Former detective Edmund Reid stalks the sewers of London raising his drawn and hollowed face to the shadows of the drain bars, peeking up into the cold white light of a Victorian sun in search of the cannibalistic serial killer who murdered his friend and colleague Bennet Drake.

Sounds exciting! And would be. If I knew what was going on…

The sheer amount and magnitude of occurrences to have taken place in Ripper Street’s police offices in Whitechapel has left me completely and utterly lost as to what’s going on in the story of Edmund Reid and his comrades, alcoholic army surgeon Homer Jackson, brothel proprietor Susan Hart, and actress Rose Erskine.

There’s been sackings, hiring’s, staff restructures, and a fire! The place was burnt to the ground! At the end of one of the series. Was it the fourth? Or the third… Anyway. It doesn’t matter. It’s still there. And there you go! Exactly the right expression to sum up Ripper Street.

It – doesn’t – matter.

It doesn’t matter. It would matter to me. An atmospheric criminal detective thriller set in the murky streets of Victorian England. But with so many colossal twists and turns the humble viewer becomes immune to them. Like the body building up a tolerance to something. Alcohol, drugs, pop music. We have that first rush of adrenaline hearing Gary Barlowe’s dulcet tones, then, after the second and third song, the insatiable vacuum that is our mortal coils just goes ‘meh. Want something else.’

This is what has happened with Ripper Street. Partly because of all the changes. Partly because they don’t close the series off great. Series four was left on a cliff hanger that went straight into series five. But between series four and five is about eight months… Eight months! I can’t remember things after eight minutes. Does the scriptwriters at the BBC think I watch the last episode of Ripper Street then turn my TV off and sit in my room for eight months waiting for the next series to begin? Anyway. It doesn’t matter…. Here’s my attempt at a catch up.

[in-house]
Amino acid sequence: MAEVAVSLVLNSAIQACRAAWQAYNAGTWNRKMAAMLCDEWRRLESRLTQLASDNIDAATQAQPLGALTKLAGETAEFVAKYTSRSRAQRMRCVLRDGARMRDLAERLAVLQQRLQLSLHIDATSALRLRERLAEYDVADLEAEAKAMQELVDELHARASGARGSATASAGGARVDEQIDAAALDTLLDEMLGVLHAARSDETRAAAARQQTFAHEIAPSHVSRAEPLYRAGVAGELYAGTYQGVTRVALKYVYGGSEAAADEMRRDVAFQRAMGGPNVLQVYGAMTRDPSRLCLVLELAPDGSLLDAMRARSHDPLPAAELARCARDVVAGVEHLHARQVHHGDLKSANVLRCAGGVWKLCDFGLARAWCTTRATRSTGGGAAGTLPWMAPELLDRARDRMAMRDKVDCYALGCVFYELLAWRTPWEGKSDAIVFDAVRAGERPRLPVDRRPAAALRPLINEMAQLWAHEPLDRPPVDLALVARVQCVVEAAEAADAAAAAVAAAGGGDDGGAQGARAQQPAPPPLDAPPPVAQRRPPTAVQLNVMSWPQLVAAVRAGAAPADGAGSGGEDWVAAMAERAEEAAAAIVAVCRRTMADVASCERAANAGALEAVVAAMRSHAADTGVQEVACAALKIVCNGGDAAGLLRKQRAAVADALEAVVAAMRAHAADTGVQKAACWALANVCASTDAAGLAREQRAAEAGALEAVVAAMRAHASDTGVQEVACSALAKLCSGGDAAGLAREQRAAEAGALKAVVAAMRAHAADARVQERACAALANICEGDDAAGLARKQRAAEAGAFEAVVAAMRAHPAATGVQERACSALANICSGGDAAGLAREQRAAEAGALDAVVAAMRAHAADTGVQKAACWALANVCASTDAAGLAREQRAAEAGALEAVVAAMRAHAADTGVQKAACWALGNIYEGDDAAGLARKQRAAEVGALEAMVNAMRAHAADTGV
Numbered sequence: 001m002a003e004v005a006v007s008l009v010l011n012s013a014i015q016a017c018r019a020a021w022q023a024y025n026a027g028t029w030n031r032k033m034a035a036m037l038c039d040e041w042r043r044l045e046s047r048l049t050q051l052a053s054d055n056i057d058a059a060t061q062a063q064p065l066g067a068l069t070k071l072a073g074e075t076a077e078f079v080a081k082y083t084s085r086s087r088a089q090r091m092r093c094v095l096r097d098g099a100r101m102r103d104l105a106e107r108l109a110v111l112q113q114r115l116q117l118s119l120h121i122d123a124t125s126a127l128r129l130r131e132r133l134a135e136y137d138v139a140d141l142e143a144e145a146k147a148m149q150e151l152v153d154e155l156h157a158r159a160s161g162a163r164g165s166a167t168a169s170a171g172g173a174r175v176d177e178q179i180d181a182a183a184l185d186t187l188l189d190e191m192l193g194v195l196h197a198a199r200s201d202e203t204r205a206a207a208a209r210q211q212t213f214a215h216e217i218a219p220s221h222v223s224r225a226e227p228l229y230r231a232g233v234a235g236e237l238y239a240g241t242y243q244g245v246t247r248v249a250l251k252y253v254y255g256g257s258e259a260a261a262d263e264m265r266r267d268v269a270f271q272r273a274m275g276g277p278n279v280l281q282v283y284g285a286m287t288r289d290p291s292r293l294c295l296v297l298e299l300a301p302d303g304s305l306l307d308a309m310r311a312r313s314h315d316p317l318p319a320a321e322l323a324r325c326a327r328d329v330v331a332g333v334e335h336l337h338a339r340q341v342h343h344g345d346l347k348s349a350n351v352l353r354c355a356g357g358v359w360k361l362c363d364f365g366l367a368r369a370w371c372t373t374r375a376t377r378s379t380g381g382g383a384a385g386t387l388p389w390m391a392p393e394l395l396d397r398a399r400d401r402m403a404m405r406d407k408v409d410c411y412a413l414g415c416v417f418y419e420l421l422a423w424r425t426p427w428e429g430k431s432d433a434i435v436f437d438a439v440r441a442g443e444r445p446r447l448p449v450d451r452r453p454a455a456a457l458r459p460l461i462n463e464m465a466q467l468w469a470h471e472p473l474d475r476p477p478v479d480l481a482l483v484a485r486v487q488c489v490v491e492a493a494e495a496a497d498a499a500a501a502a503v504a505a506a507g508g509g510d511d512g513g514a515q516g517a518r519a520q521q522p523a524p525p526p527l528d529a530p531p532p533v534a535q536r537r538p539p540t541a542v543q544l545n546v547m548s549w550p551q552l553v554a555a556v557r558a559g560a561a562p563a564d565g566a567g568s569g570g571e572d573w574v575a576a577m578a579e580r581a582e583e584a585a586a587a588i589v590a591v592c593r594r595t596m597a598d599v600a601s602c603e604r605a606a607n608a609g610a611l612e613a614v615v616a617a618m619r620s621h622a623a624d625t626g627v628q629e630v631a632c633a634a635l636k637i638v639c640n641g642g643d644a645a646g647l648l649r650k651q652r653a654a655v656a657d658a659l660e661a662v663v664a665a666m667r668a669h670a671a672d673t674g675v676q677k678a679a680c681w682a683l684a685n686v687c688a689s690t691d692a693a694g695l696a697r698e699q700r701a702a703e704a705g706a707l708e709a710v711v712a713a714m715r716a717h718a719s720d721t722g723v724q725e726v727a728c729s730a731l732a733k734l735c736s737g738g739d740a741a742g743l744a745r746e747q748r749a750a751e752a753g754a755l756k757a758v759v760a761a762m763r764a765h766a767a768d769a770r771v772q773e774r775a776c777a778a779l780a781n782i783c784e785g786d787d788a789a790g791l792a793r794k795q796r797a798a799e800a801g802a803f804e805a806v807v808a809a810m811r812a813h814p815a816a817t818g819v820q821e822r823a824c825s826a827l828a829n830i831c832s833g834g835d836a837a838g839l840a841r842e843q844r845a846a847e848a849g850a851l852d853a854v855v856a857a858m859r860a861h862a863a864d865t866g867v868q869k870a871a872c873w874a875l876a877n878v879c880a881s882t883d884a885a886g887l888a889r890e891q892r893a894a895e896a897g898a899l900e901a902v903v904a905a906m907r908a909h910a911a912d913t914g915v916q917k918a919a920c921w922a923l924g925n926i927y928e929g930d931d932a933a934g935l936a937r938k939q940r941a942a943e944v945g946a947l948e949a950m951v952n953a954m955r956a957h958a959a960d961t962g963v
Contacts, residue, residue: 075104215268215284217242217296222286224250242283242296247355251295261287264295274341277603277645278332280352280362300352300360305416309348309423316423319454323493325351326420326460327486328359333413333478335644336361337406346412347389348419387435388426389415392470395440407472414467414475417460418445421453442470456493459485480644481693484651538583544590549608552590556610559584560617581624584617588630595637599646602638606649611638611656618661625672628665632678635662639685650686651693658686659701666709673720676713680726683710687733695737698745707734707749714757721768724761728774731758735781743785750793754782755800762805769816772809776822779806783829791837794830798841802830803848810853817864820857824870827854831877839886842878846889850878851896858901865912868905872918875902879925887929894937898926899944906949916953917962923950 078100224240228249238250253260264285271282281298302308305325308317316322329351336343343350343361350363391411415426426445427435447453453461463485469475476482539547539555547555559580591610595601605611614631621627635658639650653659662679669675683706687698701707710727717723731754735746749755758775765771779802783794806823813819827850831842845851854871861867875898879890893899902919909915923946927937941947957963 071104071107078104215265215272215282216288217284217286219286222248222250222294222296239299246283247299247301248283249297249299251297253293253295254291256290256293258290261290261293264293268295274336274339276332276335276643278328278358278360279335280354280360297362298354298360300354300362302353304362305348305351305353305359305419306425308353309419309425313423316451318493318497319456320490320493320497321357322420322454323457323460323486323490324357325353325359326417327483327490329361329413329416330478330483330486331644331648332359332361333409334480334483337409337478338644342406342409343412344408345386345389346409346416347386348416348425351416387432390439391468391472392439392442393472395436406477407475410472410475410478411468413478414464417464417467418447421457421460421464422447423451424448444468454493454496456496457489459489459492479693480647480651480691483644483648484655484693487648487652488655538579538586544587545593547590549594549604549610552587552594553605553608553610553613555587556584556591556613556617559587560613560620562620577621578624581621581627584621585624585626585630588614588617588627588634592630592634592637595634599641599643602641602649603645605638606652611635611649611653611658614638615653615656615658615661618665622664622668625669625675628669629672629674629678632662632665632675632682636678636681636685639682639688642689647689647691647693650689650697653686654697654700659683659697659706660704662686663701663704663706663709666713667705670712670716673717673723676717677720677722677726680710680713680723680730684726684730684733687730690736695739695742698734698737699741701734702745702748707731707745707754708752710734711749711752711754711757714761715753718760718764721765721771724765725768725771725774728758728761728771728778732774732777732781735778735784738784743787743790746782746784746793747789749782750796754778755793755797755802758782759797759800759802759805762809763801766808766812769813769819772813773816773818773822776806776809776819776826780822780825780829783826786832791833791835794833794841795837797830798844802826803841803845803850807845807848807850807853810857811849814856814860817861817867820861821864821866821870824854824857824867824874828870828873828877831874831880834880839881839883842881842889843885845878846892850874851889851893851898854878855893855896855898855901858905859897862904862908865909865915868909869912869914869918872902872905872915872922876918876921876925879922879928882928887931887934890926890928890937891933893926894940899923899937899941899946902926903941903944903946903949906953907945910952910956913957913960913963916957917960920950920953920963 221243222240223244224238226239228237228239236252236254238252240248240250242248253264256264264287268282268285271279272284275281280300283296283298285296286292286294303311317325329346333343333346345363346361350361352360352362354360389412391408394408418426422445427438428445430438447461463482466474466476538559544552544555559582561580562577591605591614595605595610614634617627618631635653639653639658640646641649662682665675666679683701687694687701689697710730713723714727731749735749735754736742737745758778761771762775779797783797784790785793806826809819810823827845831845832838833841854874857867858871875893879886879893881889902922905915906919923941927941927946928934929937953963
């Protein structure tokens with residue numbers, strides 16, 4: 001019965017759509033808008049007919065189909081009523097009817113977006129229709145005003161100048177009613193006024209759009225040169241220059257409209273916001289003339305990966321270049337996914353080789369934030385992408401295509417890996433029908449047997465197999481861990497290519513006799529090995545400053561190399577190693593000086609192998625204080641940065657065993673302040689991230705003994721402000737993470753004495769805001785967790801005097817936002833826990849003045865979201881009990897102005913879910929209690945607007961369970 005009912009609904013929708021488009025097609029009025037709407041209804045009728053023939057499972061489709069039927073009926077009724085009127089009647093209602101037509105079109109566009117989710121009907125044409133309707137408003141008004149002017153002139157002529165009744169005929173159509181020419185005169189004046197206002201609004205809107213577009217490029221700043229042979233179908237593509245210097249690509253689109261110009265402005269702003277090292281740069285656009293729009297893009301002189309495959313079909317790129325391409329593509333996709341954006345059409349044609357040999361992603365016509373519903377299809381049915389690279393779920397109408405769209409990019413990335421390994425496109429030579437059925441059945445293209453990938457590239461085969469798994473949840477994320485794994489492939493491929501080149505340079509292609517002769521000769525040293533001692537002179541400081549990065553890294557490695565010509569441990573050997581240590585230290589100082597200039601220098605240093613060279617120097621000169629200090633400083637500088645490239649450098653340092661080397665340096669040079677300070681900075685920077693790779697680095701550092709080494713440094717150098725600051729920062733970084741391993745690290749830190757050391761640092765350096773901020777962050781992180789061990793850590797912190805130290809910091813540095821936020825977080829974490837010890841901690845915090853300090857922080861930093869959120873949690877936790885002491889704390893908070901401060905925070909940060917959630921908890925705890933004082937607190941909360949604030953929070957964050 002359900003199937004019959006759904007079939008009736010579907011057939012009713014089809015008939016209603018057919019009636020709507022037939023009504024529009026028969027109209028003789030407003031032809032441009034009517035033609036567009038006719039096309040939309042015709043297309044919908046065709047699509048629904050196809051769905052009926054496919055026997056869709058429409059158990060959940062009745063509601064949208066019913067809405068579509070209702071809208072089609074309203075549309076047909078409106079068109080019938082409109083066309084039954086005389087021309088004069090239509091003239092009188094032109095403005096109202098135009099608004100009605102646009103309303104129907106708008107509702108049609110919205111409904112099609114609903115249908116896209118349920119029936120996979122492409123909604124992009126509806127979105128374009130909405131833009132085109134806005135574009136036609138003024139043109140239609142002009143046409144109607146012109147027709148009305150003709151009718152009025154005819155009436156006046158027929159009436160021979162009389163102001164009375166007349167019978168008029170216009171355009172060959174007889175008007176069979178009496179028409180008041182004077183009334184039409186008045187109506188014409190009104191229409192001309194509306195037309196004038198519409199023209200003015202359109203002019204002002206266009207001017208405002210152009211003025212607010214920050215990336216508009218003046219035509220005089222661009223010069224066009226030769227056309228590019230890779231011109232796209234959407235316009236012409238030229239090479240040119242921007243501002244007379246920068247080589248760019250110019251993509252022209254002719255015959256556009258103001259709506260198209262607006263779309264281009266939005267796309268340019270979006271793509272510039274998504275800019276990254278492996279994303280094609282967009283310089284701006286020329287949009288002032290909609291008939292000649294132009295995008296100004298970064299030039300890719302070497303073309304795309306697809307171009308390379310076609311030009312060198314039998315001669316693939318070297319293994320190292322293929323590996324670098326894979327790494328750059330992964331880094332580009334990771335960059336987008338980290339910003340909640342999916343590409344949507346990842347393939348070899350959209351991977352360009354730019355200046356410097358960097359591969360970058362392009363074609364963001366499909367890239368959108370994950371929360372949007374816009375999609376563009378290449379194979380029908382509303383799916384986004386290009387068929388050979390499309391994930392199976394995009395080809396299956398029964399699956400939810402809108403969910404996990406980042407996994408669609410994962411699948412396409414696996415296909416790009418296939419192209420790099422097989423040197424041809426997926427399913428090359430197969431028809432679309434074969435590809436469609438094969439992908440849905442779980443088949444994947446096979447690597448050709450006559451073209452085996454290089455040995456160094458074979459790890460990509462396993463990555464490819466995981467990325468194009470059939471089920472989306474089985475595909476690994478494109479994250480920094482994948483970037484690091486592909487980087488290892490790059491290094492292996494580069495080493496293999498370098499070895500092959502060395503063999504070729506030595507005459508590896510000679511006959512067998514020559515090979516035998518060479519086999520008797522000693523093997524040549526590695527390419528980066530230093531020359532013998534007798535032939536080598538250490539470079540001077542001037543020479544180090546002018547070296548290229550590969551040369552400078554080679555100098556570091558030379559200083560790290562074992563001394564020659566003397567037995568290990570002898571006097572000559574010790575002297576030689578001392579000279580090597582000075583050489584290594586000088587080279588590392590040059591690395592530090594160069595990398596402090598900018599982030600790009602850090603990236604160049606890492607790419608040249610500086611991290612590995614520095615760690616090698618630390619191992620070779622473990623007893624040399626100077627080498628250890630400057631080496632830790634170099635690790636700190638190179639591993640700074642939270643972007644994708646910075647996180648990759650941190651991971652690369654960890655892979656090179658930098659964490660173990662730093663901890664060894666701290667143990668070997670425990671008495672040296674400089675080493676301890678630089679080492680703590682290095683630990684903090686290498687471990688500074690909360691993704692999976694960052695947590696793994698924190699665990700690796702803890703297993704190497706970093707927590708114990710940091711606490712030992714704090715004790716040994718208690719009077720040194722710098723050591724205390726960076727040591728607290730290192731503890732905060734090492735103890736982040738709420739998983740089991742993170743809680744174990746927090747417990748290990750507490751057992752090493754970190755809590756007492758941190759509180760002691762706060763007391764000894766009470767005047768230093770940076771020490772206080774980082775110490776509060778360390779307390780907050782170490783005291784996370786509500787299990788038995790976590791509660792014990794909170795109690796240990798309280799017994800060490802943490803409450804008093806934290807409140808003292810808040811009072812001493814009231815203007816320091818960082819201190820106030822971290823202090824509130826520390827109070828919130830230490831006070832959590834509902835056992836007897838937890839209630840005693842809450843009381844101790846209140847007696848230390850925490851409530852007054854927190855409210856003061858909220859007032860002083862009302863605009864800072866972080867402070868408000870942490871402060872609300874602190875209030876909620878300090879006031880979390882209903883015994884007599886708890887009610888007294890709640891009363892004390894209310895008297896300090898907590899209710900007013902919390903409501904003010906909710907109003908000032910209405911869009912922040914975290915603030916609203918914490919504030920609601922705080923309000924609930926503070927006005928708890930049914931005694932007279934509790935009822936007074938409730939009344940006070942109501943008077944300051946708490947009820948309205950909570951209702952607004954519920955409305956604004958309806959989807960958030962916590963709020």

Drake was murdered by a cannibal who tore his throat out with his teeth at the end of last series and died in the arms of his friend and former boss Edmund Reid. Drake was important because he was the current former police chief when Reid retired, or was suspended, or left, I don’t know… Anyway. It doesn’t matter. What matters is now Reid and his colleagues have returned to London as outlaws, because Reid did something, and Jackson did something, and Hart’s a brothel owner, which I think was illegal back then, but it might not be, but anyway, it doesn’t matter… They’re running around London as outlaws chasing the villain whilst being chased by the villain! The notorious Jedidiah Shine! Who is now the chief of H division! Which, I don’t know how that’s happened… Anyway. It doesn’t matter…

The show looks good, and if you don’t have Sky or Netflix, or a videotape player, your only other choices on a Monday night at 9pm are to watch Fearless on stupidtv. Sorry! ITV. 24 Hours In Police Custody, or Supermarket Secrets…

The choice is yours.

By Harry Jamshidian

Daydreaming scriptwriter and part-time reviewer living in Kingston.